INFORMATION LITERACY:
AN ACTION PLAN

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NOTES:

1 St. Olaf College Task Force on Innovation in the Liberal Arts. The Center for Innovation in the Liberal Arts: A Proposal. 4 June, 1999, 1. 

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2 For a definition of information literacy, see the attached appendix, "Information Literacy Competency Standards for Higher Education (http://www.ala.org/acrl/ilintro.html)," compiled by a task force of the Association of College and Research Librarians (ACRL). This document both defines information literacy and delineates the difference between information literacy, information technology fluency, and computer literacy. Given that information literacy has been open to a wide variety of interpretations and assumptions, in some liberal arts colleges terms such as developmental research skills are preferred, with faculty believing that these more accurately describe the progressive acquisition of research skills embedded within a disciplinary context. Credit for this particular wording is due to the librarians at Gustavus-Adolphus College, who have successfully procured a $79,000 grant (to be matched by Gustavus) from the Institute for Museum and Library Services. Its goal is to support “A Model Librarian/Faculty Collaboration to Enhance Developmental Research Skills across the Curriculum in a Hybrid Print/Electronic Environment.”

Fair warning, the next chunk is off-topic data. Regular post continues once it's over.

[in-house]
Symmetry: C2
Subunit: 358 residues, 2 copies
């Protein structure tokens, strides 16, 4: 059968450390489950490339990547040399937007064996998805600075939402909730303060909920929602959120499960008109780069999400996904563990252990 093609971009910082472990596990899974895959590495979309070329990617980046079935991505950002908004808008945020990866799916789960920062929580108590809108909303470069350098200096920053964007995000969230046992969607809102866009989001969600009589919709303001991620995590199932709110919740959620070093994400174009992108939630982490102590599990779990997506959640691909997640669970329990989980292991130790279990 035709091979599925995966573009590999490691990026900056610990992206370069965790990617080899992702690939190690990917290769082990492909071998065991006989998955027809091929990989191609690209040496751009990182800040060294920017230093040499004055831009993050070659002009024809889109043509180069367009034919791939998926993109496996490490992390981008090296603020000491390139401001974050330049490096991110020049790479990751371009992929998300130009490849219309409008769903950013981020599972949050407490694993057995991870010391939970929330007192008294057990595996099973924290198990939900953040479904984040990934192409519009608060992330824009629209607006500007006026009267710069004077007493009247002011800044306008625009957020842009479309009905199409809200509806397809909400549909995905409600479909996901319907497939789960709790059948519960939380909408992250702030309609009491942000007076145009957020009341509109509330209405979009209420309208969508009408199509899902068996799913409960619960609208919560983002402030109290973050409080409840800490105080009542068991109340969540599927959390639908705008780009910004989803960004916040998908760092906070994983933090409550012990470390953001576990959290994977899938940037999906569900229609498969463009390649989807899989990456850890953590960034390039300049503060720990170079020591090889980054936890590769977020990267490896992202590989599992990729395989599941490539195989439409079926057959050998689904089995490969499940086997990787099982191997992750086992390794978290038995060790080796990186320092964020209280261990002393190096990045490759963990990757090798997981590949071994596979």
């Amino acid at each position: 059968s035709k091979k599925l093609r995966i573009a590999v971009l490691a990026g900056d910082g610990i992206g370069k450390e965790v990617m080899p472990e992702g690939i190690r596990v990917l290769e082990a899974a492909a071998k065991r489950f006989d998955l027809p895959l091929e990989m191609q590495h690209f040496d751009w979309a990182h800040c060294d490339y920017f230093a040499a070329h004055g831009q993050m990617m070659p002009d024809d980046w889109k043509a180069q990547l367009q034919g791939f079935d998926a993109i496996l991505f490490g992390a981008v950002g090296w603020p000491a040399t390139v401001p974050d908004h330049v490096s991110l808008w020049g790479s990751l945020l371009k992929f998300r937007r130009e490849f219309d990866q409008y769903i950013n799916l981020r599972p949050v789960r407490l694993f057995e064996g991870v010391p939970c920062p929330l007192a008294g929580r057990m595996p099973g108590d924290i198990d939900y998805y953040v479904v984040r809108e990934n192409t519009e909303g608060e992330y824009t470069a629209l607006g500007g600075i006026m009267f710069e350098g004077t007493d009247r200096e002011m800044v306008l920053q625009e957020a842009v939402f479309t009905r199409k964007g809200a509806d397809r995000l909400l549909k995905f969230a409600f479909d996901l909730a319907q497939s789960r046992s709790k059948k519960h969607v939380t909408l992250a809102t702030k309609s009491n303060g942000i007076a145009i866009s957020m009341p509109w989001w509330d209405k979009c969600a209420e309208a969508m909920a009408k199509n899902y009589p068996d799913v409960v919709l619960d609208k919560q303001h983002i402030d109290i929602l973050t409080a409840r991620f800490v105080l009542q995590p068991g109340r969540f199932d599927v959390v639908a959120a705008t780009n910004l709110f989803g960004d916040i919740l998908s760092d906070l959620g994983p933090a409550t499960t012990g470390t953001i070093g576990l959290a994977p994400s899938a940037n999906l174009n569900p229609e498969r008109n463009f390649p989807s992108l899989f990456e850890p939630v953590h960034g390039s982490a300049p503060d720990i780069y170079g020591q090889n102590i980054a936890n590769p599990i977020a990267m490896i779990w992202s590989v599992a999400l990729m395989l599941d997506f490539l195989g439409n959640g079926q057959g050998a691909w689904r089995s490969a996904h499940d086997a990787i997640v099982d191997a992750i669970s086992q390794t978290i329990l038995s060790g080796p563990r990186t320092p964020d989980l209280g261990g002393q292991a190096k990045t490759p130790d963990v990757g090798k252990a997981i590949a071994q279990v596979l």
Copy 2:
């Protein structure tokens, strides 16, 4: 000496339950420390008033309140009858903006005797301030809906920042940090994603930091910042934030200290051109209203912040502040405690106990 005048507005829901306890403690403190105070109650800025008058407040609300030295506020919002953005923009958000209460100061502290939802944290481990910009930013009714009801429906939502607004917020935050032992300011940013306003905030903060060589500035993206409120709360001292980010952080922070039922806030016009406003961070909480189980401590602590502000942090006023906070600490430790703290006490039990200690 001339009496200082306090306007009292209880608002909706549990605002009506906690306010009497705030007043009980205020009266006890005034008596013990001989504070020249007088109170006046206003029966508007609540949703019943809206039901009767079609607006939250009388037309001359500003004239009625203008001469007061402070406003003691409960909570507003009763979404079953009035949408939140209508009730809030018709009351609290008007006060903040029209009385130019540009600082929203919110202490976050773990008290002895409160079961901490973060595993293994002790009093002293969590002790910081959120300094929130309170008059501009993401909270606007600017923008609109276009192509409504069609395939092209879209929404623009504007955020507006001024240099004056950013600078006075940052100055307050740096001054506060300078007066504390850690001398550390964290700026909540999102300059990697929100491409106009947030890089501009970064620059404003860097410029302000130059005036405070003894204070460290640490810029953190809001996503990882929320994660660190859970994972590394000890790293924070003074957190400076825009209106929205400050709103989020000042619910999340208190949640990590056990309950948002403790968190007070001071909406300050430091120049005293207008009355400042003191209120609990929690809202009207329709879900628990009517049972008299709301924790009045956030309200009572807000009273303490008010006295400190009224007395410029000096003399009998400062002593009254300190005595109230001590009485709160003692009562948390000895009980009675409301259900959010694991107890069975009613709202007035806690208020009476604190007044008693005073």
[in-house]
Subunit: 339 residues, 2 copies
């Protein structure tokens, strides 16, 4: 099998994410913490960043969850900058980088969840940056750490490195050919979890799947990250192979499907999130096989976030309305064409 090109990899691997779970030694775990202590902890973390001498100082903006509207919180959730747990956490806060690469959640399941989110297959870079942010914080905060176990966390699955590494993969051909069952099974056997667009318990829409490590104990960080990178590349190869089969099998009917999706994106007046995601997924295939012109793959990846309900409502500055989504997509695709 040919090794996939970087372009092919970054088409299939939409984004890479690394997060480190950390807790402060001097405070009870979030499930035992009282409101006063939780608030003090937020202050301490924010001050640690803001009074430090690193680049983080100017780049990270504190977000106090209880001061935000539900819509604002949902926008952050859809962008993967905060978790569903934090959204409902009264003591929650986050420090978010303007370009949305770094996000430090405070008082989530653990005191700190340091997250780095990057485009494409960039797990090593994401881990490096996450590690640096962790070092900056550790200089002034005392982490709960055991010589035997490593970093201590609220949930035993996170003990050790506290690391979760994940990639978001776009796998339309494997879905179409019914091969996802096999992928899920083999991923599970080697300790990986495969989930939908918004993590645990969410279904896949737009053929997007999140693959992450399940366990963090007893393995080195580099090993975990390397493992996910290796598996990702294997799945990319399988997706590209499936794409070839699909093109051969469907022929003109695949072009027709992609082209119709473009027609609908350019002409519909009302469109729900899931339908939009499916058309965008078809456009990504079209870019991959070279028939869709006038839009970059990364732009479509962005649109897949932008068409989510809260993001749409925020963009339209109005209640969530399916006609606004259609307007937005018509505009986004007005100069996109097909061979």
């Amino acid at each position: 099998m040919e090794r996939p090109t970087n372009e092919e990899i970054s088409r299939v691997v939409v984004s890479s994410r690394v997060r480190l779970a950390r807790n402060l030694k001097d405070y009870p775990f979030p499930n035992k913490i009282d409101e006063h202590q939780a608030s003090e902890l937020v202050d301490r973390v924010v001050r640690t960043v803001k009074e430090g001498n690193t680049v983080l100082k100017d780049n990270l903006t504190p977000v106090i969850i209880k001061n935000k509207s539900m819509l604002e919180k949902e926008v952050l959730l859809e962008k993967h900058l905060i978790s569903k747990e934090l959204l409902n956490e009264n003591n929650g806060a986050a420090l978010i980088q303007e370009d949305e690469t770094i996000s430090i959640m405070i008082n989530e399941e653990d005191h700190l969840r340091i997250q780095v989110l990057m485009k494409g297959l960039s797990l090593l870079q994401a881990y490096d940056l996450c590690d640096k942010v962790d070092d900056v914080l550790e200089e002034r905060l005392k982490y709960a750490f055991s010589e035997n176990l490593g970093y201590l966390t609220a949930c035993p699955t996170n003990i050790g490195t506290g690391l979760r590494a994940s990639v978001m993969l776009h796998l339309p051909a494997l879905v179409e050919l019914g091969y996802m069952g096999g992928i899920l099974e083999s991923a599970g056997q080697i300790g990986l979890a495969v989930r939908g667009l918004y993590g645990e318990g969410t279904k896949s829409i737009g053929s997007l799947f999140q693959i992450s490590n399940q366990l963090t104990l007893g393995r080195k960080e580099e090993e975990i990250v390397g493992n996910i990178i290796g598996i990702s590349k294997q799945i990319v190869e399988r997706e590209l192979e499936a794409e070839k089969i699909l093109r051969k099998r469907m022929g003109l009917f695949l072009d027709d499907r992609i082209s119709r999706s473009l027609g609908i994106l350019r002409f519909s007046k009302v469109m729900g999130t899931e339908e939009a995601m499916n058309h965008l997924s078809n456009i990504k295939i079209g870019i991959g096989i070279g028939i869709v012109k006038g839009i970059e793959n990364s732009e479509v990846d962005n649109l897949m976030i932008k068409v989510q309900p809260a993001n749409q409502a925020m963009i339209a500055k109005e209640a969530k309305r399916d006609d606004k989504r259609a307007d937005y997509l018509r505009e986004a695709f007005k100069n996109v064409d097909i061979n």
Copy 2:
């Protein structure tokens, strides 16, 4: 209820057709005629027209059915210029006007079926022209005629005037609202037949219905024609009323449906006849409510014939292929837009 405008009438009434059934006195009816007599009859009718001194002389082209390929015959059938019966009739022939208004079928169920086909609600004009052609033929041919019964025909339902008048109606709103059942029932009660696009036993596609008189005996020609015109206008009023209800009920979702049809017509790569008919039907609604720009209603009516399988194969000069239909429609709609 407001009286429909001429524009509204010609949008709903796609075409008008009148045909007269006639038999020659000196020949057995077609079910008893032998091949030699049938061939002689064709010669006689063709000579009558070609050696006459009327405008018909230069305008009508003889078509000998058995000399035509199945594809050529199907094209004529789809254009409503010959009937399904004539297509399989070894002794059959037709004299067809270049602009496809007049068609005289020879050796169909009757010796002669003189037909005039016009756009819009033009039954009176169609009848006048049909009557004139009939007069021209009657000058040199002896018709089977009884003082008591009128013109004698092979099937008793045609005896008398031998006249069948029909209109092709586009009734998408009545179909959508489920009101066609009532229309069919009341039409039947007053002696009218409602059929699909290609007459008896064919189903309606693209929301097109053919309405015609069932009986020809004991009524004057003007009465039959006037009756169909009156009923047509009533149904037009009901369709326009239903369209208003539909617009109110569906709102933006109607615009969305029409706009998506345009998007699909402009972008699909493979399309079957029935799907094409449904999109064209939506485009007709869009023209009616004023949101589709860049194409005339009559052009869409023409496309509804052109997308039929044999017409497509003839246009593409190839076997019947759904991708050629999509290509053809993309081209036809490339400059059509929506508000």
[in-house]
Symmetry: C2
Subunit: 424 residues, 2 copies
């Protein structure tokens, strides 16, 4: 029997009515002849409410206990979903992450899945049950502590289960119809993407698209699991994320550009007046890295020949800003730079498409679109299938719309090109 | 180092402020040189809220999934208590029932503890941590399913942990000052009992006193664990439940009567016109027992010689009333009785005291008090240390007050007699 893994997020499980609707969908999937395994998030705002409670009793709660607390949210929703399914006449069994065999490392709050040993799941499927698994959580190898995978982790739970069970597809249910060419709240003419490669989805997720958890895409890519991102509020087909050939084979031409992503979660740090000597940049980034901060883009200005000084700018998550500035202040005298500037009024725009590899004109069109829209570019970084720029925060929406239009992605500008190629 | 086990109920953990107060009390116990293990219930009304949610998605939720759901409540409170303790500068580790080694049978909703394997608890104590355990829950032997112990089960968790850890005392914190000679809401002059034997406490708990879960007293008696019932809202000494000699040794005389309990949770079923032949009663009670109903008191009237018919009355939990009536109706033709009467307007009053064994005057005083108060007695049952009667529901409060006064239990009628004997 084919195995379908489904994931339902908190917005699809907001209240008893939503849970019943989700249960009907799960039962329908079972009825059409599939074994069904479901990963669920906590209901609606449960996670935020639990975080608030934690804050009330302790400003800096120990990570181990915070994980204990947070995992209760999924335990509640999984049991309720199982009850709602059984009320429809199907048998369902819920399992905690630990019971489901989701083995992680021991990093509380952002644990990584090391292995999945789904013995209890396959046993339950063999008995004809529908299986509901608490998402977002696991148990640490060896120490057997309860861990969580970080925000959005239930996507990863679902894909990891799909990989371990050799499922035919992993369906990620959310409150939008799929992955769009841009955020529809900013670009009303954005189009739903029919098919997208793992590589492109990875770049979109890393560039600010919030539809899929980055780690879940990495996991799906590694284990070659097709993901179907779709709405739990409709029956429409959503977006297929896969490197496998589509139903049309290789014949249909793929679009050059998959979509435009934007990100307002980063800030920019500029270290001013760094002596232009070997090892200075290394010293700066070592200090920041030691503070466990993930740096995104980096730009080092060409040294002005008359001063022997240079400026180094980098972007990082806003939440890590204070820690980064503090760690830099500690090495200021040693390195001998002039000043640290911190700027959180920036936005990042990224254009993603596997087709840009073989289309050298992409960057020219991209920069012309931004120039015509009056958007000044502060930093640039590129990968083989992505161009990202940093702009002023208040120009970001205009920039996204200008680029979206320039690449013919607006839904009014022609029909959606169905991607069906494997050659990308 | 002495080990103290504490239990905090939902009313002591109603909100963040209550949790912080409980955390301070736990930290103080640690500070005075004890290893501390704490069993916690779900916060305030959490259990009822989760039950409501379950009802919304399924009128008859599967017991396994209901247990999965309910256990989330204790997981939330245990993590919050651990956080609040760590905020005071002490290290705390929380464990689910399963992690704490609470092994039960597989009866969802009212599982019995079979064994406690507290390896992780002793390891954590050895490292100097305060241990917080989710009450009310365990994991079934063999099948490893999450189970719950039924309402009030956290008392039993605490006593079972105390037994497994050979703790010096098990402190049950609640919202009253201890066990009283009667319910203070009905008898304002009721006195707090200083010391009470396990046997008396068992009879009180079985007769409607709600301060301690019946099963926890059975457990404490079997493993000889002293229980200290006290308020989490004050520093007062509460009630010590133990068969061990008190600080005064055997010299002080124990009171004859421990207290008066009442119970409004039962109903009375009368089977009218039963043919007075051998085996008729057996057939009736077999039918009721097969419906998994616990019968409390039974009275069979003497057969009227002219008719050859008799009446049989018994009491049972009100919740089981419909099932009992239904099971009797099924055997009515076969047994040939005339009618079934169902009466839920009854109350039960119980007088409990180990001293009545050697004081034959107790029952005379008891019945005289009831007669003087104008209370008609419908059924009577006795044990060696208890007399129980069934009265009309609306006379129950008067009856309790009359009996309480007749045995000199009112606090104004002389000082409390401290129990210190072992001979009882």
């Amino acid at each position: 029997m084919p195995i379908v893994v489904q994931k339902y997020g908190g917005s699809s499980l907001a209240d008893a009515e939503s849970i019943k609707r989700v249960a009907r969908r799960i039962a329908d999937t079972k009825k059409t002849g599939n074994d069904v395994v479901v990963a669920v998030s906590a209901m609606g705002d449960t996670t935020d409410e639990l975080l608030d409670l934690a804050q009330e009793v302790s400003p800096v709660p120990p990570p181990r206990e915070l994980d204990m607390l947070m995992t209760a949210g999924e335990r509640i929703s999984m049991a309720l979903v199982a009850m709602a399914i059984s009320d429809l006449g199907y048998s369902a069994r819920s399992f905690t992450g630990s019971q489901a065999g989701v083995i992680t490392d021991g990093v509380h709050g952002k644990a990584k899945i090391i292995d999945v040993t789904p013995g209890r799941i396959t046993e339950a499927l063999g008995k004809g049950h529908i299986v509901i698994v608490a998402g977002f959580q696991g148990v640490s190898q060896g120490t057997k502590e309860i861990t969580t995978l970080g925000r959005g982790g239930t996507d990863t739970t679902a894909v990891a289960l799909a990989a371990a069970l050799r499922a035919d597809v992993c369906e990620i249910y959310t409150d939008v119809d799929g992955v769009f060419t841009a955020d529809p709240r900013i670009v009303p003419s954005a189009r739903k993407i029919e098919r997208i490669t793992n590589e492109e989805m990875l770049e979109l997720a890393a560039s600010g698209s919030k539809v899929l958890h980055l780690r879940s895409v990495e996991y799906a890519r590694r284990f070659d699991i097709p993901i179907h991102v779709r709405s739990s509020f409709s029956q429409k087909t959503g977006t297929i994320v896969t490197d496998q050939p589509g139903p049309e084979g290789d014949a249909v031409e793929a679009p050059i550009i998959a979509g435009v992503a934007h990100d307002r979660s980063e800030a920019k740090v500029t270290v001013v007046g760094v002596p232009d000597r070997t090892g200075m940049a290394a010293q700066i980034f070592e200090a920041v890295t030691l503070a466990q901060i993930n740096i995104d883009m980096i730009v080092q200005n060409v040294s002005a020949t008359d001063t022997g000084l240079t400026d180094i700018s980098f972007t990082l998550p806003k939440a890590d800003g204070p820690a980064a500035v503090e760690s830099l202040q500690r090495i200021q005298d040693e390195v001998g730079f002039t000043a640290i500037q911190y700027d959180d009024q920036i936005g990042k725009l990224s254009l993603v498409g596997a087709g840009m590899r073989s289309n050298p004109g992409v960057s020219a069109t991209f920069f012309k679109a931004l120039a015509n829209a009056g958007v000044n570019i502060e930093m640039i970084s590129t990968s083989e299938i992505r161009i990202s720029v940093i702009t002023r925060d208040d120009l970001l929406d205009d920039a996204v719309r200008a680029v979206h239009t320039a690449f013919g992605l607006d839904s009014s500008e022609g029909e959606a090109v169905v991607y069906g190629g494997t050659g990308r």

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3 The Mission of the St. Olaf College Libraries

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4 At this time, the St. Olaf Libraries publicly defined literacy. “Literacy encompasses the basic knowledge and skills used in communicating and understanding information. Among these skills are the abilities to read and write, to listen, to speak, to analyze, and to find the information needed to carry out tasks responsibly and intelligently. With this in mind, St. Olaf requires the following graduation requirements supplemented by the directed use of library and other information sources. In some departments this will include the use of sequential, course-integrated bibliographic instruction.” Memo to the Curriculum Review Committee from the St. Olaf Libraries, November 10, 1989. It is worth noting that this definition closely resembles what is, today, described as information literacy. 

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5 Currently BI is offered in the majority of the General Education Seminars (1st yr. students), a number of first year religion courses, and in approximately 120 other courses representing all the faculties of the college at all levels. Some departments collaborate closely with the libraries - for example, psychology, political science, social work, biology, and music - often with multiple BI sessions for a single course, while others continue to be more independent. Over 180 course-integrated bibliographic instruction sessions are offered each year.